Update COVID-19 in Indonesia: 4,066,404 confirmed infections, 131,372 deaths (28 August 2021)
15 September 2021 (closed)
Jakarta Composite Index (6,110.23) -18.86 -0.31%
USD/IDR (14,146) -6.00 -0.04%
EUR/IDR (17,335) +57.05 +0.33%
Indonesia's central bank (Bank Indonesia) is well aware of the continuation of the "currency war" as a side-effect of further monetary tightening in the USA. Bank Indonesia Governor Agus Martowardojo said on Monday (08/06), quoted by state news agency Antara, that he sees a currency war continuing over the next three years provided that the Federal Reserve starts to tighten its monetary approach gradually. Markets expect the Fed to raise US interest rates in September 2015.
A currency war refers to the situation where countries deliberately weaken their currencies in order to boost export and improve the trade balance. Monetary tightening in the USA has given bullish momentum to the US dollar since mide-2013, at the expensive of most other currencies. In that context, Martowardojo sees other currencies competing for competitiveness of their currencies.
After the outbreak of the financial crisis in the late 2000s, various central banks around the globe (in the USA, Japan, UK and the Eurozone) have engaged in programs to increase the local money supply (quantitative easing) in an effort to boost sluggish local economies.
Bank Indonesia repeatedly emphasized that it will not intervene overly in the foreign exchange market to support an unnaturally strong rupiah. Instead, it guards against excessive volatility and lets the currency depreciate in line with its fundamentals. A weaker rupiah is regarded one solution to the country’s wide current account deficit as it makes exports competitive while imports become more expensive. Indonesia’s current account deficit, which is projected to remain around 3 percent of GDP in 2015, is one of the country's financial weaknesses that has undermined investors' confidence in the country hence giving rise to capital outflows.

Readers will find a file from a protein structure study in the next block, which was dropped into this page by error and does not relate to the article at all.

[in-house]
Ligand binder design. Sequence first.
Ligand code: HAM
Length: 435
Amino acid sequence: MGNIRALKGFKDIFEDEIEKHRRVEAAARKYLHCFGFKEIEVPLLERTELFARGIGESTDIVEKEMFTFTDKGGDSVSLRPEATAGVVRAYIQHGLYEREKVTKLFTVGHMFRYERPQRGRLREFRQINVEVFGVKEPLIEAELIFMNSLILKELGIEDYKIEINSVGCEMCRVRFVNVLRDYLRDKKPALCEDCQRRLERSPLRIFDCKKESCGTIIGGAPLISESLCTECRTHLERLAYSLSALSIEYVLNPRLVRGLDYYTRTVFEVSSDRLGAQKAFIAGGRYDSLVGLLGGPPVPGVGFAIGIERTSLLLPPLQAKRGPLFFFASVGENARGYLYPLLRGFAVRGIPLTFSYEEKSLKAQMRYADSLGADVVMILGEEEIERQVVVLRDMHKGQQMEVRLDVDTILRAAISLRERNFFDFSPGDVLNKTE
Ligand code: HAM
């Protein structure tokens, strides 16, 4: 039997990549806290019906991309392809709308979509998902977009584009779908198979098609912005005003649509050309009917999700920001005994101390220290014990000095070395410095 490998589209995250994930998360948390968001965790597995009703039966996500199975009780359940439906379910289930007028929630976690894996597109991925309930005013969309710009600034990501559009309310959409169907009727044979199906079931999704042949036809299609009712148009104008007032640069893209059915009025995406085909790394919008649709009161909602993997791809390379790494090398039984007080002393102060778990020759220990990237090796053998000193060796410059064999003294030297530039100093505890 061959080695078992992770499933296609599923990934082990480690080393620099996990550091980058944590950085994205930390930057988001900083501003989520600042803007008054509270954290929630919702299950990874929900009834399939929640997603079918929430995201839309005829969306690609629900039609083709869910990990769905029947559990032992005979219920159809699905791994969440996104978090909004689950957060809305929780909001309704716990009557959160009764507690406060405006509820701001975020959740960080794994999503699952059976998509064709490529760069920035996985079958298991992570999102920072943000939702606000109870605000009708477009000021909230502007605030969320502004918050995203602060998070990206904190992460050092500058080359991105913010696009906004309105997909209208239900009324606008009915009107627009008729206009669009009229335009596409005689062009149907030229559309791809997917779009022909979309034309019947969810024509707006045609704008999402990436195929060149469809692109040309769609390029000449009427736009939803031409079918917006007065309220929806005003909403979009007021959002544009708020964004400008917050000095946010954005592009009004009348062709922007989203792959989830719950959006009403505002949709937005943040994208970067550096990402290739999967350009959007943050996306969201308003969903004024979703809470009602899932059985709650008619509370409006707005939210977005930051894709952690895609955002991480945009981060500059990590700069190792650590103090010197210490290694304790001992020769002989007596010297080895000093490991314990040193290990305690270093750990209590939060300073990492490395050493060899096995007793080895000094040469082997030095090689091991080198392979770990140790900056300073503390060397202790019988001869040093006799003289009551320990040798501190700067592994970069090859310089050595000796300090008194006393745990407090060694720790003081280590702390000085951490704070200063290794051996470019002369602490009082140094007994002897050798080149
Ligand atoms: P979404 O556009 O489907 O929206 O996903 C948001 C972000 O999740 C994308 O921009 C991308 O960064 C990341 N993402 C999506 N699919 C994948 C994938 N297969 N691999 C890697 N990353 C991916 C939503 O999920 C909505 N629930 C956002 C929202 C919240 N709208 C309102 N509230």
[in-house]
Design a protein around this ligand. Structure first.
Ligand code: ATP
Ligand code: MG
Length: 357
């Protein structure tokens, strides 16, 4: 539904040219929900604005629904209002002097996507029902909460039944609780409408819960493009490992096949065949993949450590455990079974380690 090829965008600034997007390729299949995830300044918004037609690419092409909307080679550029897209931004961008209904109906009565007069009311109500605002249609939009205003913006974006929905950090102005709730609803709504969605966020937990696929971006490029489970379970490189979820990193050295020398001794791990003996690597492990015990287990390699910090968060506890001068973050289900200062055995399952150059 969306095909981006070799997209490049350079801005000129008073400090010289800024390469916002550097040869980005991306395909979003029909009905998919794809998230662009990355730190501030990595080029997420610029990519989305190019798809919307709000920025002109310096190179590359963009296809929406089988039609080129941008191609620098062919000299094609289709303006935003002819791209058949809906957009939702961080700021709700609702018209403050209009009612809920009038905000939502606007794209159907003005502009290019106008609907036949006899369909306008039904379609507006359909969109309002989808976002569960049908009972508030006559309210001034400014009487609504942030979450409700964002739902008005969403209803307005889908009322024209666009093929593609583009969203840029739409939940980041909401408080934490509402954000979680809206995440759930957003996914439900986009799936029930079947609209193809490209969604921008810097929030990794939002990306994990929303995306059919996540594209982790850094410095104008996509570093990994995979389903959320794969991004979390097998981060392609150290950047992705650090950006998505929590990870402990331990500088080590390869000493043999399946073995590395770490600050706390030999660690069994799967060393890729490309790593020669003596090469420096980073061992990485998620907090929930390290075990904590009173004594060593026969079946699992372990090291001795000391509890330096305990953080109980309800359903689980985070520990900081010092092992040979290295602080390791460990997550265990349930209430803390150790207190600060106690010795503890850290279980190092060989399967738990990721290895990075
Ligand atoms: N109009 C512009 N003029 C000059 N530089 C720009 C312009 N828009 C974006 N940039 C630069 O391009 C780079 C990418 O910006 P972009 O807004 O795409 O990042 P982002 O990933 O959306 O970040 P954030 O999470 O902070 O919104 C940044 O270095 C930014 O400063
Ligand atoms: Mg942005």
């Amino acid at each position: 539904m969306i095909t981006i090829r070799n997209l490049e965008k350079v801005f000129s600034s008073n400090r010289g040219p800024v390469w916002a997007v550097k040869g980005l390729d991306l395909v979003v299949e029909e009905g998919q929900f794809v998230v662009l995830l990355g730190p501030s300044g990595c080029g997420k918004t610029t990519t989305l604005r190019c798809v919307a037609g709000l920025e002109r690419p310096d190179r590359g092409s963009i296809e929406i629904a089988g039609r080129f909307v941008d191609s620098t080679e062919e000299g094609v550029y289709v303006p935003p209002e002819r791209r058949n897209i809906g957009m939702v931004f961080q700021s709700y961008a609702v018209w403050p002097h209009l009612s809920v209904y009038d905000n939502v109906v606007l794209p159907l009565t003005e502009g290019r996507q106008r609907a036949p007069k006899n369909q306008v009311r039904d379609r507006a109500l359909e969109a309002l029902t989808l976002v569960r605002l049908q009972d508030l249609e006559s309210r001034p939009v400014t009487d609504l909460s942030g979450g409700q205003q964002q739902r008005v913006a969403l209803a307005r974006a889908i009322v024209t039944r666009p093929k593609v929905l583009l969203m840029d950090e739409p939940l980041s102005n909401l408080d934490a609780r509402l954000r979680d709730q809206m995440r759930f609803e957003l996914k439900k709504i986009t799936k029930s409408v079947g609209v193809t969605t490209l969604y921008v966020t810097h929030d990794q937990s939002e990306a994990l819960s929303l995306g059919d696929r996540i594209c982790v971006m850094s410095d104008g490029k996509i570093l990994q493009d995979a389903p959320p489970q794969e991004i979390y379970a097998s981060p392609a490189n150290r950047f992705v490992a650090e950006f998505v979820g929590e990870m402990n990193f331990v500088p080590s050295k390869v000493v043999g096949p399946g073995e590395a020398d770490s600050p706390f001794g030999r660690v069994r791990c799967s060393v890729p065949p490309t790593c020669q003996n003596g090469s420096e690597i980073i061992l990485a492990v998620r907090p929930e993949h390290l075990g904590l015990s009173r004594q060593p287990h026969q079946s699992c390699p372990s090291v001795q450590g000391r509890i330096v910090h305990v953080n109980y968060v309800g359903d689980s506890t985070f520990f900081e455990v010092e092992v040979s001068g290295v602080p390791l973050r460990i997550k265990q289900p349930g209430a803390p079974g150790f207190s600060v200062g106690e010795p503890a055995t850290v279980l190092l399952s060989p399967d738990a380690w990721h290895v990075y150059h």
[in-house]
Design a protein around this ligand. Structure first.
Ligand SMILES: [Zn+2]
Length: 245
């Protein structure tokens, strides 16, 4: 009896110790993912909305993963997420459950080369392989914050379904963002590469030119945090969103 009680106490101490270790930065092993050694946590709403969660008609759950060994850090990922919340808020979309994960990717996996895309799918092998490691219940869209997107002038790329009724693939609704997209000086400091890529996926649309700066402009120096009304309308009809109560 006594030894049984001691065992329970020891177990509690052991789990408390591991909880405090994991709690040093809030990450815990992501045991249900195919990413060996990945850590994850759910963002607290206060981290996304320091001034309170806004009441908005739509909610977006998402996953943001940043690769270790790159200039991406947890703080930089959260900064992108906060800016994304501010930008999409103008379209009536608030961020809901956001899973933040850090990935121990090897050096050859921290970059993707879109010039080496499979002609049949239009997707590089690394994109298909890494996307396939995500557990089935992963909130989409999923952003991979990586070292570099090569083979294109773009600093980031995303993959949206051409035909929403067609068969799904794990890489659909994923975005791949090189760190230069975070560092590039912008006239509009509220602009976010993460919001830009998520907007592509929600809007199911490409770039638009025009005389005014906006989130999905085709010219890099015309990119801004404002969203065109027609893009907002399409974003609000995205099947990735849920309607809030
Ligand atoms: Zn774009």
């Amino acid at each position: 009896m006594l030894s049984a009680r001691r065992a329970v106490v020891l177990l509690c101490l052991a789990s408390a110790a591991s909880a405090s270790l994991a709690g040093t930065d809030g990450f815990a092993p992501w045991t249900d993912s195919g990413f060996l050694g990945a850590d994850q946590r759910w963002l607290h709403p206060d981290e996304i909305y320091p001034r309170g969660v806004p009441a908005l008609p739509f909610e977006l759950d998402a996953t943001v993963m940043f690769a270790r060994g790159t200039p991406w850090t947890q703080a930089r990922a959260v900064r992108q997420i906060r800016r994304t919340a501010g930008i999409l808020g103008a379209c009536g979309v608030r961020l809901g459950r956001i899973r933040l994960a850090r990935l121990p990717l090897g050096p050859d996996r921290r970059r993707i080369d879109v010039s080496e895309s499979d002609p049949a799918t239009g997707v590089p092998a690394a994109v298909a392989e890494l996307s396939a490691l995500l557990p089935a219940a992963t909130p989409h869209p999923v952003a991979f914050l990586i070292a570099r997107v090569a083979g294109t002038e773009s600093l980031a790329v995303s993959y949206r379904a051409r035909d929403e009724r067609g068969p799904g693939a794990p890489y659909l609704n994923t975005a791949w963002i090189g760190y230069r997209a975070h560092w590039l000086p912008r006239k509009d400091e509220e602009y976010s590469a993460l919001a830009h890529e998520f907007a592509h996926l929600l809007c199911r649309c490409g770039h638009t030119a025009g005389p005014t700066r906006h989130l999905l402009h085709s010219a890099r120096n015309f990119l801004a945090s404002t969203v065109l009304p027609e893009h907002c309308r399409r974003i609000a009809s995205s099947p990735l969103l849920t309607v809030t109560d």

Martowardojo expects to see the rupiah stabilizing between an average of IDR 13,000 and IDR 13,200 per US dollar for full-year 2015. This year so far, the rupiah averaged IDR 12,911 per US dollar. However, until June the currency traditionally experiences strong depreciating pressures due to dividend repatriation and foreign debt payments (causing high domestic US dollar demand). In the third and fourth quarters of 2015, Martowardojo expects that the rupiah will appreciate to around IDR 12,500 per US dollar. However, most analysts will probably disagree with that projection.
The rupiah depreciated 0.71 percent to IDR 13,385 per US dollar according to the Bloomberg Dollar Index on Monday (08/06) as a US interest rate hike became more likely after the US Labor Department said that the US economy added 280,000 jobs in May 2015 (better-than forecast), while there remains great uncertainty about the Greek debt crisis. On Tuesday (09/06), however, the rupiah had appreciated 0.07 percent to IDR 13,376 per US dollar by 10:25 am local Jakarta time.
Meanwhile, the benchmark stock index (Jakarta Composite Index) plunged a staggering 2.29 percent to 4,900.07 points by 10:40 am local Jakarta time on Tuesday.